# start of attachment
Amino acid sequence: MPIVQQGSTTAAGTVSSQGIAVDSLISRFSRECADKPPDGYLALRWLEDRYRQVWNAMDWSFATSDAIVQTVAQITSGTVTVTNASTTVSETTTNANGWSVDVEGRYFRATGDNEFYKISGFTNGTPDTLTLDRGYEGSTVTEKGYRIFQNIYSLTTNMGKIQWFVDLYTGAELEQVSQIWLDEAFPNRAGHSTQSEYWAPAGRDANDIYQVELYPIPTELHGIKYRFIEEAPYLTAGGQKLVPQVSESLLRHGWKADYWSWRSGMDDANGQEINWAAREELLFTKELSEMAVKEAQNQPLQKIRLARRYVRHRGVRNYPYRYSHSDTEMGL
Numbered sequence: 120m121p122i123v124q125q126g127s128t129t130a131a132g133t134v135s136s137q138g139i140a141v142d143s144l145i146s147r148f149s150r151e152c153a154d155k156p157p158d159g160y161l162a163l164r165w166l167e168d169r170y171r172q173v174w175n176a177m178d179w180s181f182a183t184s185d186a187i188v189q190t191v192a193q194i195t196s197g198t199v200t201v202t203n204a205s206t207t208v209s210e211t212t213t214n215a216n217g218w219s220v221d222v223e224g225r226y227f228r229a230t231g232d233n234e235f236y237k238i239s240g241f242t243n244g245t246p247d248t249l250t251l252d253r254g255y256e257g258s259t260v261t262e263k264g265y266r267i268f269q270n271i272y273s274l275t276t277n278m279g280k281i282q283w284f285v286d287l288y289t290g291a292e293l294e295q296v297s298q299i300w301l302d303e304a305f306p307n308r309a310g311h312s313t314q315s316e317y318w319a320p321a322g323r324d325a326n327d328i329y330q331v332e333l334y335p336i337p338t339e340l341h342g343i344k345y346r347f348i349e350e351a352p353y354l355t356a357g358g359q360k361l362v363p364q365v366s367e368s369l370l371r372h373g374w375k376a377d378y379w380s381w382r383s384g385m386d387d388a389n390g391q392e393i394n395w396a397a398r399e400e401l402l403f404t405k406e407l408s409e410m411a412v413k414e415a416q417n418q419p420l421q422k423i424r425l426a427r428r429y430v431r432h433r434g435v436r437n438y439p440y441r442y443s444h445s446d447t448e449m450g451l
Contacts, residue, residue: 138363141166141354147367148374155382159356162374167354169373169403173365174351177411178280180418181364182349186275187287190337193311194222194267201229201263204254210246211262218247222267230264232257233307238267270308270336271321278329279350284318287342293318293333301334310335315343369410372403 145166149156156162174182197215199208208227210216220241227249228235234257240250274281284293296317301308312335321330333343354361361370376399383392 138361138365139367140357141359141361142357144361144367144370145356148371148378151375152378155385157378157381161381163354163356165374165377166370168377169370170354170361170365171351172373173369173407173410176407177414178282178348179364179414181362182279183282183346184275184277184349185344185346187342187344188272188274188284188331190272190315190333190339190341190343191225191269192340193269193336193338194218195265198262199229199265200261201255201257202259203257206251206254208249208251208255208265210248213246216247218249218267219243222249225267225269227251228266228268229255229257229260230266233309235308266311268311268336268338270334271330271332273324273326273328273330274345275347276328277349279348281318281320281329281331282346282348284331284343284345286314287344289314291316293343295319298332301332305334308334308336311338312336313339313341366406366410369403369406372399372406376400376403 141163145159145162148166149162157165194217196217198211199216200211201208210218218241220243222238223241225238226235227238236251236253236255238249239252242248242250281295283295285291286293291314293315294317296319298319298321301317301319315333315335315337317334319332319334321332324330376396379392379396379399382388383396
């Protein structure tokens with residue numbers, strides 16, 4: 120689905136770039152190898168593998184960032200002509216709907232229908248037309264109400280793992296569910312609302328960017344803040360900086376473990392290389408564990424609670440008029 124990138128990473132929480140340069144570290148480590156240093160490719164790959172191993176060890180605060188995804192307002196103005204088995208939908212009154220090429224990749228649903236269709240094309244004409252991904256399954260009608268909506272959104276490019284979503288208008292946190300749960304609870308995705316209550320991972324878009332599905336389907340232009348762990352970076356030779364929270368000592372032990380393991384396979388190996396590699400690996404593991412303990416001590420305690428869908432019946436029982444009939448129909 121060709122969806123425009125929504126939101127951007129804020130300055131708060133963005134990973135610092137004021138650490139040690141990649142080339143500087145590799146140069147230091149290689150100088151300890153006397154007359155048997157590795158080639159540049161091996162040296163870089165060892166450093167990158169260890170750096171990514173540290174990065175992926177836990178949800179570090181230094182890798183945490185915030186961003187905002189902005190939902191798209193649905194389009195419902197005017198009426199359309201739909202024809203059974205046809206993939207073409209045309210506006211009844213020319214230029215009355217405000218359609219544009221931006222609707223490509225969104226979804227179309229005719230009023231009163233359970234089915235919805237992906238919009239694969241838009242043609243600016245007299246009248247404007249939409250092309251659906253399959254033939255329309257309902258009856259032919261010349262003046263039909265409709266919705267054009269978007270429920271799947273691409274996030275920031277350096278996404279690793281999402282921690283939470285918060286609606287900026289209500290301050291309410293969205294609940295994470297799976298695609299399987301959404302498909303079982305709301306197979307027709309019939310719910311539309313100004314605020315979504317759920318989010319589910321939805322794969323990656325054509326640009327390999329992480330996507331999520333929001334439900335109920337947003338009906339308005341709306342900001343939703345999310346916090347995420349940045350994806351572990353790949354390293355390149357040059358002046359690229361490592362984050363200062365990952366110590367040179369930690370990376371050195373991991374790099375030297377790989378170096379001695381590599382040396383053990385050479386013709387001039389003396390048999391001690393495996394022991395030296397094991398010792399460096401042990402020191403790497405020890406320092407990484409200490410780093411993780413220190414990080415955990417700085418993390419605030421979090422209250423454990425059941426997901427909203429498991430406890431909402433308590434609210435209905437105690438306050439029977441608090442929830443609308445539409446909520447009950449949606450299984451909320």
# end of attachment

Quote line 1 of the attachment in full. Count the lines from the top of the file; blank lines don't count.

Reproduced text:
Amino acid sequence: MPIVQQGSTTAAGTVSSQGIAVDSLISRFSRECADKPPDGYLALRWLEDRYRQVWNAMDWSFATSDAIVQTVAQITSGTVTVTNASTTVSETTTNANGWSVDVEGRYFRATGDNEFYKISGFTNGTPDTLTLDRGYEGSTVTEKGYRIFQNIYSLTTNMGKIQWFVDLYTGAELEQVSQIWLDEAFPNRAGHSTQSEYWAPAGRDANDIYQVELYPIPTELHGIKYRFIEEAPYLTAGGQKLVPQVSESLLRHGWKADYWSWRSGMDDANGQEINWAAREELLFTKELSEMAVKEAQNQPLQKIRLARRYVRHRGVRNYPYRYSHSDTEMGL